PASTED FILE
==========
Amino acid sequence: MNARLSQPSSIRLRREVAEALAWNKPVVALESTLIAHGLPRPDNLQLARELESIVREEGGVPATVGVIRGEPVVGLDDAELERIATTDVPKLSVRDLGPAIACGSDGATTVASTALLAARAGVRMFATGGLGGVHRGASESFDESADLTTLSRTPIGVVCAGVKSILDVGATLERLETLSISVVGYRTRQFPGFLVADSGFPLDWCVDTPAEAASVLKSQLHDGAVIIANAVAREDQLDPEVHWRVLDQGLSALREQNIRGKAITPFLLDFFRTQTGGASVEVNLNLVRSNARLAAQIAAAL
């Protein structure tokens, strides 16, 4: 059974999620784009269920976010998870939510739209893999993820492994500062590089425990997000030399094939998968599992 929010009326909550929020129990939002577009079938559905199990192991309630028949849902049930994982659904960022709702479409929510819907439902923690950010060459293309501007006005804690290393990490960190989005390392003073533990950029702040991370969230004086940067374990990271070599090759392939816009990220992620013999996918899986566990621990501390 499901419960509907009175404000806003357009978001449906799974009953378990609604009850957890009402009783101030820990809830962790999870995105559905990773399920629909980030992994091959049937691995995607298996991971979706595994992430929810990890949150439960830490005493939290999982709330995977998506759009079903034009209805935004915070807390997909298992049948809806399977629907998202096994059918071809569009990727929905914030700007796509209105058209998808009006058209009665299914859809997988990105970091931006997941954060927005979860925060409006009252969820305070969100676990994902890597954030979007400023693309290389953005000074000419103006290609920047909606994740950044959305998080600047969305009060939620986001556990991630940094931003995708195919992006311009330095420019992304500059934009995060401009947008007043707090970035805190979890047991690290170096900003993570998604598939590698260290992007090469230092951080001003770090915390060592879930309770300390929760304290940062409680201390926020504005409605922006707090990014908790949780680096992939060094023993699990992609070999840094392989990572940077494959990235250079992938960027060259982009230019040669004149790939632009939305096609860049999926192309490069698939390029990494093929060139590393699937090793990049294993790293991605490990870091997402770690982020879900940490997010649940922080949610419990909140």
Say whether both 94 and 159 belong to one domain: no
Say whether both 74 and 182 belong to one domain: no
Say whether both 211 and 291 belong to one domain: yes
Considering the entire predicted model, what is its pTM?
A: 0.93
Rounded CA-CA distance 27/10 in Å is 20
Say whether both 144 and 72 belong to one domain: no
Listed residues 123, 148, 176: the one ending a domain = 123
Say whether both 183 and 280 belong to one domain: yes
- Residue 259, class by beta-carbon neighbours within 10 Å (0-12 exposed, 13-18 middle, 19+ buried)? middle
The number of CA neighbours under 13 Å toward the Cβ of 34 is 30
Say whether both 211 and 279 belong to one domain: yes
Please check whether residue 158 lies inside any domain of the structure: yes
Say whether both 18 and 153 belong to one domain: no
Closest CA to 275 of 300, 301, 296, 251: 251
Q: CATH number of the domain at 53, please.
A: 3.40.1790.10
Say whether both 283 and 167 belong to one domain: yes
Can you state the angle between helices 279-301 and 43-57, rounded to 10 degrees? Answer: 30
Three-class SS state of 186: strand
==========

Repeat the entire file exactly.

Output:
Amino acid sequence: MNARLSQPSSIRLRREVAEALAWNKPVVALESTLIAHGLPRPDNLQLARELESIVREEGGVPATVGVIRGEPVVGLDDAELERIATTDVPKLSVRDLGPAIACGSDGATTVASTALLAARAGVRMFATGGLGGVHRGASESFDESADLTTLSRTPIGVVCAGVKSILDVGATLERLETLSISVVGYRTRQFPGFLVADSGFPLDWCVDTPAEAASVLKSQLHDGAVIIANAVAREDQLDPEVHWRVLDQGLSALREQNIRGKAITPFLLDFFRTQTGGASVEVNLNLVRSNARLAAQIAAAL
């Protein structure tokens, strides 16, 4: 059974999620784009269920976010998870939510739209893999993820492994500062590089425990997000030399094939998968599992 929010009326909550929020129990939002577009079938559905199990192991309630028949849902049930994982659904960022709702479409929510819907439902923690950010060459293309501007006005804690290393990490960190989005390392003073533990950029702040991370969230004086940067374990990271070599090759392939816009990220992620013999996918899986566990621990501390 499901419960509907009175404000806003357009978001449906799974009953378990609604009850957890009402009783101030820990809830962790999870995105559905990773399920629909980030992994091959049937691995995607298996991971979706595994992430929810990890949150439960830490005493939290999982709330995977998506759009079903034009209805935004915070807390997909298992049948809806399977629907998202096994059918071809569009990727929905914030700007796509209105058209998808009006058209009665299914859809997988990105970091931006997941954060927005979860925060409006009252969820305070969100676990994902890597954030979007400023693309290389953005000074000419103006290609920047909606994740950044959305998080600047969305009060939620986001556990991630940094931003995708195919992006311009330095420019992304500059934009995060401009947008007043707090970035805190979890047991690290170096900003993570998604598939590698260290992007090469230092951080001003770090915390060592879930309770300390929760304290940062409680201390926020504005409605922006707090990014908790949780680096992939060094023993699990992609070999840094392989990572940077494959990235250079992938960027060259982009230019040669004149790939632009939305096609860049999926192309490069698939390029990494093929060139590393699937090793990049294993790293991605490990870091997402770690982020879900940490997010649940922080949610419990909140």
Say whether both 94 and 159 belong to one domain: no
Say whether both 74 and 182 belong to one domain: no
Say whether both 211 and 291 belong to one domain: yes
Considering the entire predicted model, what is its pTM?
A: 0.93
Rounded CA-CA distance 27/10 in Å is 20
Say whether both 144 and 72 belong to one domain: no
Listed residues 123, 148, 176: the one ending a domain = 123
Say whether both 183 and 280 belong to one domain: yes
- Residue 259, class by beta-carbon neighbours within 10 Å (0-12 exposed, 13-18 middle, 19+ buried)? middle
The number of CA neighbours under 13 Å toward the Cβ of 34 is 30
Say whether both 211 and 279 belong to one domain: yes
Please check whether residue 158 lies inside any domain of the structure: yes
Say whether both 18 and 153 belong to one domain: no
Closest CA to 275 of 300, 301, 296, 251: 251
Q: CATH number of the domain at 53, please.
A: 3.40.1790.10
Say whether both 283 and 167 belong to one domain: yes
Can you state the angle between helices 279-301 and 43-57, rounded to 10 degrees? Answer: 30
Three-class SS state of 186: strand